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Economic analyst Hank Fishkind has the Central Florida forecast for 2022

Hank Fishkind.
Hank Fishkind.

Things are looking up when it comes to the Central Florida economy in 2022, especially if Omicron peaks in January as expected. 

90.7’s economic analyst Hank Fishkind spoke with our reporter Danielle Prieur about possible challenges and successes the year may bring, along with some economic advice for listeners.

Read the full interview or listen to it by clicking on the clip at the top of the page. 

Hank: You know, looking in the crystal ball, it's really going to be a great year for our economy here in Central Florida, Danielle.

Danielle: That's great news. Tell me a little bit about why you're so optimistic about the economic outlook for Central Florida.

Hank: Sure, well, we come into 2022 with a big mount of economic momentum. Real GDP grew at a 7% pace in the fourth quarter, very strong gains in employment, personal income, housing markets remain strong, but the price gains are slowing, Danielle. And similarly, although inflation is running hot, price increases have already begun slowing. And locally, we enjoyed a near record surge in tourism. And that reflects both pent-up demand for leisure travel and big gains in household income and wealth. And this surge came even in the face of the beginnings of the Omicron wave and travel disruptions.

Danielle: Omicron is a big worry for us, with most scientists projecting a continuing acceleration of cases peaking perhaps by the end of January. How will this impact the outlook?

Hank: Well, Omicron is already having the predictable impacts, depressing dining at restaurants and reducing travel according to Google mobility reports. And that's for the US and all across Central Florida too. Now hopefully, the current Omicron wave will peak soon and fall just as rapidly, which is the pattern that the other variants have followed. And if so, then the Omicron wave will mostly push economic activity that would have occurred in January, into February and March. And that actually will provide some further support to the spring tourism season. And in addition, if the Omicron wave peaks as expected, Danielle, we're gonna get a big pop in foreign tourists, especially from Canada and the UK, but it's gonna be really rough sailing for the cruise ship industry. You know, the CDC recommends avoiding cruising and there's an increasing toll of infections on those cruises. That's seriously going to crimp volumes throughout the spring, and business travel, you know, that's going to be impacted negatively as well by this COVID surge.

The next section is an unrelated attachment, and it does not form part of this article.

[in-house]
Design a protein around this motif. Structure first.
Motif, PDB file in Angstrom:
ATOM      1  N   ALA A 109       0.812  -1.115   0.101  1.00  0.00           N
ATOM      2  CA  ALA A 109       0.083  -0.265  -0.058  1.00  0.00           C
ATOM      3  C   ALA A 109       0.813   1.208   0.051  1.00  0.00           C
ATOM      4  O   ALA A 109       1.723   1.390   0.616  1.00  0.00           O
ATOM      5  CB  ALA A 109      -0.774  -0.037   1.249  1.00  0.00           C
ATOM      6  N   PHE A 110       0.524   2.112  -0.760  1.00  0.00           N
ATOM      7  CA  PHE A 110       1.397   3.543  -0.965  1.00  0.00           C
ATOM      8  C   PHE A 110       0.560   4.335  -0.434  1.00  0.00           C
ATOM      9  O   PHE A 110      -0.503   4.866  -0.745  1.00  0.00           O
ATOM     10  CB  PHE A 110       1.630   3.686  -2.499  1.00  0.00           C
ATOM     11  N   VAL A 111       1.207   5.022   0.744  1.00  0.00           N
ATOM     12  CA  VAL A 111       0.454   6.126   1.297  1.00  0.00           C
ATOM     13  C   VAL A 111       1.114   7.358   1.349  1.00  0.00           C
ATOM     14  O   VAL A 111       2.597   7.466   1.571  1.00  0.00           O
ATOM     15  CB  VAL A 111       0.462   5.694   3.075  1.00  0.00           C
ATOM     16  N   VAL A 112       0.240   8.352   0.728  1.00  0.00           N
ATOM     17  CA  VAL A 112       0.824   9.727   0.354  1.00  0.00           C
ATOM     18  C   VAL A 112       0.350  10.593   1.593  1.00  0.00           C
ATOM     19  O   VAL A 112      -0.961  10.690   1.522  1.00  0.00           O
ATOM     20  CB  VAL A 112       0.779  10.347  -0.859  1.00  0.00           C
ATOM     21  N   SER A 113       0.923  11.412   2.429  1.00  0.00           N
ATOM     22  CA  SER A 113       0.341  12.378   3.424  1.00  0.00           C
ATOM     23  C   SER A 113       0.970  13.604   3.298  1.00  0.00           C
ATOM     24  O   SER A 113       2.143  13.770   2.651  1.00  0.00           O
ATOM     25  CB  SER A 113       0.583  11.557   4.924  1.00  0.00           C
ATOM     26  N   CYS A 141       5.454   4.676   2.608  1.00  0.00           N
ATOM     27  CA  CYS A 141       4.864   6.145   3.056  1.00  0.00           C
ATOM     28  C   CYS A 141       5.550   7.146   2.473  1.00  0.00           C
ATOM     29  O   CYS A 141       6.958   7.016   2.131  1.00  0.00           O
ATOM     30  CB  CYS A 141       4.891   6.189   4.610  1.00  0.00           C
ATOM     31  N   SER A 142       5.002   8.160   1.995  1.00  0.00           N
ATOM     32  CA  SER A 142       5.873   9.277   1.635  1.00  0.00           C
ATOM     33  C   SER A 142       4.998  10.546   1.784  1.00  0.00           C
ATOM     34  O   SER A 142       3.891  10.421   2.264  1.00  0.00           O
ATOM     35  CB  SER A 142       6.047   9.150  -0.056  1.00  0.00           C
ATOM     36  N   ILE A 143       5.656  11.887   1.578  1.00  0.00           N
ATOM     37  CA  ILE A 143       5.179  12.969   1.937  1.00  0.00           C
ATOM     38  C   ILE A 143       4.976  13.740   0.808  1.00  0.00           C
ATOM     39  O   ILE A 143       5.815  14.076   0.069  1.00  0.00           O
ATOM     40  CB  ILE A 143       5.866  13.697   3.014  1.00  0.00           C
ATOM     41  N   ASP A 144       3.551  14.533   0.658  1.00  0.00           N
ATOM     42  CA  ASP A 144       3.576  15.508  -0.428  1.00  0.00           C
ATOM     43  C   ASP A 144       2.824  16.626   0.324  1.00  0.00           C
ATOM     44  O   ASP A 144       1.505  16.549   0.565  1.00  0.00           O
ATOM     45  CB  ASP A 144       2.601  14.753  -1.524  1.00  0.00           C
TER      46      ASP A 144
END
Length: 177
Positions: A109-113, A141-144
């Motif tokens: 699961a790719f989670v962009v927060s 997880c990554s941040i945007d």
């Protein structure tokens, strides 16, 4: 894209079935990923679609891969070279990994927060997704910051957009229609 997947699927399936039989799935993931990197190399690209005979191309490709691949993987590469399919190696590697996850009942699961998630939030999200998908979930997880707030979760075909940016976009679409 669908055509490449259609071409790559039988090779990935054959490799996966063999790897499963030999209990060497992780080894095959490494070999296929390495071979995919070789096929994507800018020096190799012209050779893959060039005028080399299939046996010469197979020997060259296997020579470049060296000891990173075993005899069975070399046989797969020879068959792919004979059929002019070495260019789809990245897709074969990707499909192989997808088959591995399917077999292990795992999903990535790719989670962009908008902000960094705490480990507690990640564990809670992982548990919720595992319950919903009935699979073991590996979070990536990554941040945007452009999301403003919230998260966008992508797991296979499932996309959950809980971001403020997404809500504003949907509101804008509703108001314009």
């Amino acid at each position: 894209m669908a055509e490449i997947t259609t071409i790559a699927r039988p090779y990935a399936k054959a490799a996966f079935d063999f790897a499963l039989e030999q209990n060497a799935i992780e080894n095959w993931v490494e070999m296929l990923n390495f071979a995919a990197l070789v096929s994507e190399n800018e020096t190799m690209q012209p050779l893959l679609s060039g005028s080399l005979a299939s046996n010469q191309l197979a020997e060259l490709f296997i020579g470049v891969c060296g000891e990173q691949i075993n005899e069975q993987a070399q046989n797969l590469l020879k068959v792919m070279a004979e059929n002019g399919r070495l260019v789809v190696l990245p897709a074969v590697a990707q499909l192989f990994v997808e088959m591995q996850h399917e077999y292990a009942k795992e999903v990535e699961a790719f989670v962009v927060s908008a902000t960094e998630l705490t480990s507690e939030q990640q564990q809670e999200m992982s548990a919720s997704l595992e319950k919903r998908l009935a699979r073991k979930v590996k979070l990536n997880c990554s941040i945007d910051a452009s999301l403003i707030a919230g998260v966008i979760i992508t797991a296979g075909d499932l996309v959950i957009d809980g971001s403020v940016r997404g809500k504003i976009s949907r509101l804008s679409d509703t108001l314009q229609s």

Danielle: Yeah. And the Federal Reserve promised to increase interest rates this year, at least three times. How will this affect the outlook?

Hank: Well, the increase is overall going to be modest, you know, they're supposed to be less than one percentage point in total. And because rates are so low now, this one percentage point increase is gonna only have a small impact. I mean, consider the mortgage rates now are about 3.6%. So increase to four and a half percent. That's still relatively low by historical standards. But what's more important is that the Fed is acting to restrain inflation by not raising interest rates so much, but by scaling back and eliminating its purchases of bonds, which shrinks the money supply.

Danielle: So looking ahead to the new year that we're in what worries you most about 2022?

Hank: You know, Omicron of course and waves of infection in the variants are the most troubling. You know, and I also worry that inflation may not unwind as expected, you know, it's possible that rising wages this year could trigger further price increases, leading to a dreaded wage and price spiral. And then there's always the risk of a hurricane. And, you know, our recovery remains incomplete, Danielle.

Danielle: You know, what advice do you have for our listeners for 2022?

Hank: Well, for this year, you know, with the very good prospects for a strong economy. This is really the time to seize opportunities to start new businesses and new careers. Also, asset prices are very high, and they're unlikely to continue to increase as fast as they have over the last few years. So this is a good time to take some profits and to rebalance your portfolio.

Danielle Prieur covers education in Central Florida.